When an HIV Crisis Trumps Ideology on Drug Policy

The outbreak of cases in rural Indiana has forced a skeptical Governor Mike Pence to authorize—and extend—a needle-exchange program.

Petros Giannakouris / AP

In the summer of 2009, then-Congressman Mike Pence of Indiana voted with nearly every other Republican to keep in place a 21-year-old ban on federal funding for needle-exchange programs. For Pence, one of the House's top conservatives and a member of the party leadership, this was undoubtedly an easy vote—one of hundreds taken in opposition to the free-spending ways of the Obama administration. (The ban was lifted, briefly.) Republicans had long opposed giving addicts a clean supply of syringes, believing that the policy only encouraged more illegal drug use.

Pence surely didn't imagine back then that six years later, he would be using his authority as governor of Indiana to do exactly that. Yet as the Hoosier State confronts an outbreak of HIV infections in rural Scott County, the reality of a public-health crisis is intruding on the conservative ideology of the politicians running its government. In late March, Pence signed an emergency order to implement a temporary needle-exchange program in Scott County, which had seen nearly 80 cases of HIV linked to intravenous drug users who had shared dirty needles. Poverty-stricken areas had simultaneously experienced a high number of positive tests for hepatitis C. Just last week, with the number of HIV cases topping 130, Pence extended the program for another 30 days, and he plans to sign a bill passed by the Republican-controlled state legislature that would allow other counties hit by the epidemic to start needle exchanges.

"I don't take this action lightly," Pence said when he initially authorized the program. The move came following a recommendation by the CDC and state public-health officials, and since then, Pence has stressed that he still opposes needle exchanges as an "anti-drug" policy. But advocates see a conflicted governor, reluctantly acting in response to a crisis but unwilling to move aggressively enough to end it.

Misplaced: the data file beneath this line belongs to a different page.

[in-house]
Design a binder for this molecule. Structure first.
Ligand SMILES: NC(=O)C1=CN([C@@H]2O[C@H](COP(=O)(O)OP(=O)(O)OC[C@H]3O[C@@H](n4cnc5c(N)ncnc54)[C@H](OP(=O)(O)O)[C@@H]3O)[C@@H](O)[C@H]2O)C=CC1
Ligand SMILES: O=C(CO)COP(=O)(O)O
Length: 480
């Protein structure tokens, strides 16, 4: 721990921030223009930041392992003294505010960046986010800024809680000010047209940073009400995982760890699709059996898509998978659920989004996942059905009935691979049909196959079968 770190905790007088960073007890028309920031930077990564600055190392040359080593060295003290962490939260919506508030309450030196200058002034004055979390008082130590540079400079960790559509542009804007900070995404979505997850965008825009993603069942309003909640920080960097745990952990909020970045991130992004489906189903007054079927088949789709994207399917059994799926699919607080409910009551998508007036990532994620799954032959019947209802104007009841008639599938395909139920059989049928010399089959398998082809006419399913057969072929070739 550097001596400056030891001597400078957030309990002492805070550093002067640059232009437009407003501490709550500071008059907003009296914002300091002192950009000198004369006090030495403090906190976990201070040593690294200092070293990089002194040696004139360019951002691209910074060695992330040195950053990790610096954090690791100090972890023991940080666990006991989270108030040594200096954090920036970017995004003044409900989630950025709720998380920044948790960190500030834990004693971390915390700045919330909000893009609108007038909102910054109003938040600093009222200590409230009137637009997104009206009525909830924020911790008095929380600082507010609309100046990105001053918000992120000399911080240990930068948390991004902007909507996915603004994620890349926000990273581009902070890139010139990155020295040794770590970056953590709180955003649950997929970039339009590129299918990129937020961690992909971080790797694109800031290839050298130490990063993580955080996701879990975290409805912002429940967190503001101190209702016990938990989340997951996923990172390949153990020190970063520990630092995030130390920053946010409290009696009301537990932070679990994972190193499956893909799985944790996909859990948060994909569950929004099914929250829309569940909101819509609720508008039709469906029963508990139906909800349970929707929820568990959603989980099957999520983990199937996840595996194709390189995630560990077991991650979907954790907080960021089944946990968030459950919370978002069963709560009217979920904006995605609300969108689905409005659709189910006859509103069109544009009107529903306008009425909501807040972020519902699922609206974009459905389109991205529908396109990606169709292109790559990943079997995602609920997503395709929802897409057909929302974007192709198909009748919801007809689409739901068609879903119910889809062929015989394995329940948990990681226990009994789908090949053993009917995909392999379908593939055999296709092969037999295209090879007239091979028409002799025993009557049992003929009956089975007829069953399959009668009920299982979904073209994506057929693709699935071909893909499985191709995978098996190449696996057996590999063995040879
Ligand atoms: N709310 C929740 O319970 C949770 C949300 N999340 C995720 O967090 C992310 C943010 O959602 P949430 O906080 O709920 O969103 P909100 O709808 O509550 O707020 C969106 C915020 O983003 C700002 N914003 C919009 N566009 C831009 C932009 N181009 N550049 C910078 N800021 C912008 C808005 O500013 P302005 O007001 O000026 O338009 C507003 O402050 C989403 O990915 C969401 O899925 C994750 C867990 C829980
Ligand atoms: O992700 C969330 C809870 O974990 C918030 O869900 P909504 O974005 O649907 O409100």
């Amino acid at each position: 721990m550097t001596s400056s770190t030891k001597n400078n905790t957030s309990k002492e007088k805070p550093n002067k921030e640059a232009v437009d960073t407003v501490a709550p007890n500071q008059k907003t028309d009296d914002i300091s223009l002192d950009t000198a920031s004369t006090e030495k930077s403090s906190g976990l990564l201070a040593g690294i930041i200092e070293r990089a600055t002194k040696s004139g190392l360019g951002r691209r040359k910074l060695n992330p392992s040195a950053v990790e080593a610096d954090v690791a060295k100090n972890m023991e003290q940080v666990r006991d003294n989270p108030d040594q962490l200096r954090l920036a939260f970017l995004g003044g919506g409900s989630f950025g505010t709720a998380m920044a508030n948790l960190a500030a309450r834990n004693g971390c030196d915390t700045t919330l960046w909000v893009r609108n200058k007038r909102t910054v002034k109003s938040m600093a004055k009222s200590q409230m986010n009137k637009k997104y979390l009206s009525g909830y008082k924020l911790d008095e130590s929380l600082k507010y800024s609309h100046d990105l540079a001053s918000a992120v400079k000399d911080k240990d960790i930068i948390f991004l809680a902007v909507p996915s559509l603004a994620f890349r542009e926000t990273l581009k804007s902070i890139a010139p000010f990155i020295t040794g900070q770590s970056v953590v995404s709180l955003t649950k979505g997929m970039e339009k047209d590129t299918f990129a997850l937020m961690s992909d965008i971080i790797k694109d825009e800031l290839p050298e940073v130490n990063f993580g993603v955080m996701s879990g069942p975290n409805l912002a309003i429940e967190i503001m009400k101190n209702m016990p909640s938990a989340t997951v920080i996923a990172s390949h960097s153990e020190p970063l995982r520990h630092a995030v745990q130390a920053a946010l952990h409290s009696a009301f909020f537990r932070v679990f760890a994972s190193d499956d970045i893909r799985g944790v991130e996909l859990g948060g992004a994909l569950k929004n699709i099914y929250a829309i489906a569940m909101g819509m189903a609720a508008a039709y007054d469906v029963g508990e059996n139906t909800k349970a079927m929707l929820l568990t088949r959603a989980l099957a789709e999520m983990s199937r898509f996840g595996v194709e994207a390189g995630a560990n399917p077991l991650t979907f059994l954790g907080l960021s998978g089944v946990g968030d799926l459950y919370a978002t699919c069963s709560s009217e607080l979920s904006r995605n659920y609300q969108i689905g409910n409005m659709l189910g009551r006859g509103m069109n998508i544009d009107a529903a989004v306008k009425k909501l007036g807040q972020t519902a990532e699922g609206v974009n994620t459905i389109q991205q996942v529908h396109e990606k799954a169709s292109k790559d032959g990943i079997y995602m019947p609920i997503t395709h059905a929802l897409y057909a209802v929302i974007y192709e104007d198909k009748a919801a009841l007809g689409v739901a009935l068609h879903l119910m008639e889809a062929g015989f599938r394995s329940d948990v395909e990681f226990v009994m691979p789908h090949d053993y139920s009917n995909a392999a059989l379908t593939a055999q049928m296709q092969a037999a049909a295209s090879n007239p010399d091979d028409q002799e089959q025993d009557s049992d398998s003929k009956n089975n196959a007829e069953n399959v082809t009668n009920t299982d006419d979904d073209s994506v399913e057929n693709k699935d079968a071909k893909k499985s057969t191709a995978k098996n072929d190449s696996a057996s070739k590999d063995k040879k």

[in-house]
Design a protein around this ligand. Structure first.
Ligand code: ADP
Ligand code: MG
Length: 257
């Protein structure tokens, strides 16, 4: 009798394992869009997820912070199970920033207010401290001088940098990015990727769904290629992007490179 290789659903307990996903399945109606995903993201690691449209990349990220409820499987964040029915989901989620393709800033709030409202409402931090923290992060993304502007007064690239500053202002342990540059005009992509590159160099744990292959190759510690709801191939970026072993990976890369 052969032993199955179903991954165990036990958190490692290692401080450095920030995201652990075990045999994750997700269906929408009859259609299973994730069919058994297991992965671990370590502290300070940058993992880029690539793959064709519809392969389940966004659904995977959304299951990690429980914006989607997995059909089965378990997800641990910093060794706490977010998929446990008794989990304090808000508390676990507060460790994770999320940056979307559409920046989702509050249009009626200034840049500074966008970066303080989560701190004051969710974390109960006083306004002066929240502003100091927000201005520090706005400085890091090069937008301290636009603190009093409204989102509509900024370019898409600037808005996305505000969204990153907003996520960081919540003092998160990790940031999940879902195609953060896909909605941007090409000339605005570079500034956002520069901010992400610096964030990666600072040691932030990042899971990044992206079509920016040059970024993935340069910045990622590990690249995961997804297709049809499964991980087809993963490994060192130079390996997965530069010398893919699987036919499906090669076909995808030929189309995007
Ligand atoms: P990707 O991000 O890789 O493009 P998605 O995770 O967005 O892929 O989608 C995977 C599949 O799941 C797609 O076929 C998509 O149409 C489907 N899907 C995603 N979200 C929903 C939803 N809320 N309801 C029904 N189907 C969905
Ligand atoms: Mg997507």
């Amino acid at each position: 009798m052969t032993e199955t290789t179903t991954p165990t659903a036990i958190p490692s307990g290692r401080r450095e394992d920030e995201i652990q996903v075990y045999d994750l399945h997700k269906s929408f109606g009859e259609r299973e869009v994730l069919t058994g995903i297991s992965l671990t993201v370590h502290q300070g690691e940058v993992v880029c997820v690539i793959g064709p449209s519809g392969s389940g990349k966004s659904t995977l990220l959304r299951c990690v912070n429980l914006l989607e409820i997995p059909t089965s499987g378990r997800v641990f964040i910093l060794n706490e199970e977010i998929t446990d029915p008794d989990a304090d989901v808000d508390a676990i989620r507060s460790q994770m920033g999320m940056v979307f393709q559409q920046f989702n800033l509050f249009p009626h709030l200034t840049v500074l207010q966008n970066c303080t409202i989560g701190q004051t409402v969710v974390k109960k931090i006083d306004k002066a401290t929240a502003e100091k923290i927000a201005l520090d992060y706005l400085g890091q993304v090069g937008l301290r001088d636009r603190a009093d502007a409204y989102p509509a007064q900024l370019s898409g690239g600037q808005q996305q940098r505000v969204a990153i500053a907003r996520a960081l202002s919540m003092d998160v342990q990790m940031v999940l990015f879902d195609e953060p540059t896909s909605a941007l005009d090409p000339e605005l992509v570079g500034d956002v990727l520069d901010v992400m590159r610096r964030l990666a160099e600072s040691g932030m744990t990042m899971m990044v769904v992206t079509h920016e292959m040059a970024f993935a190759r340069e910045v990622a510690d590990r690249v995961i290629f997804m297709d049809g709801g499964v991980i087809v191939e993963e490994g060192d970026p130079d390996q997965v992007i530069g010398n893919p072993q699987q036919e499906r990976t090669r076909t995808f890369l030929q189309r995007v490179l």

"I think he just wants this problem to go away, and it's not," said Beth Meyerson, co-director of the Rural Center for AIDS/STD Prevention at Indiana University's School of Public Health. Meyerson told me the needle-exchange program should be implemented statewide and that Pence acted to pre-empt legislation that would have authorized a broader policy. Indiana lawmakers late Wednesday night voted to approve a measure allowing other counties to seek approval for needle-exchange programs when infection rates hit epidemic levels. After initially resisting proposals to expand the policy, Pence said he would sign the legislation and that it would "save lives."

Governor Mike Pence (Darron Cummings / AP)

Pence, 55, took office in 2013 after serving a dozen years in the House. He had drawn some notice as a possible presidential contender in 2016. But that buzz diminished following the uproar earlier this year over his signing of the Religious Freedom Restoration Act, which prompted an outcry from gay-rights advocates and led to threats of a boycott of the state by businesses.

While HIV/AIDS prevention is more frequently discussed in the context of safe-sex practices, the virus's transmission among intravenous drug users has sparked a debate about needle-exchange programs since the onset of the epidemic in the early 1980s, said William McColl, director of health policy at AIDS United. The policy has always been a tough sell politically in the "Just Say No" culture toward drugs. Lawmakers couldn't stomach the thought of enabling the injection of heroin and other opiates, even as public-health experts insisted that providing addicts with clean syringes would reduce HIV/AIDS and hepatitis transmission. Congress first barred funding for needle exchanges in 1988, and while Democrats succeeded in lifting it during the early years of the Obama administration, the ban returned after Republicans re-took the House majority in 2010.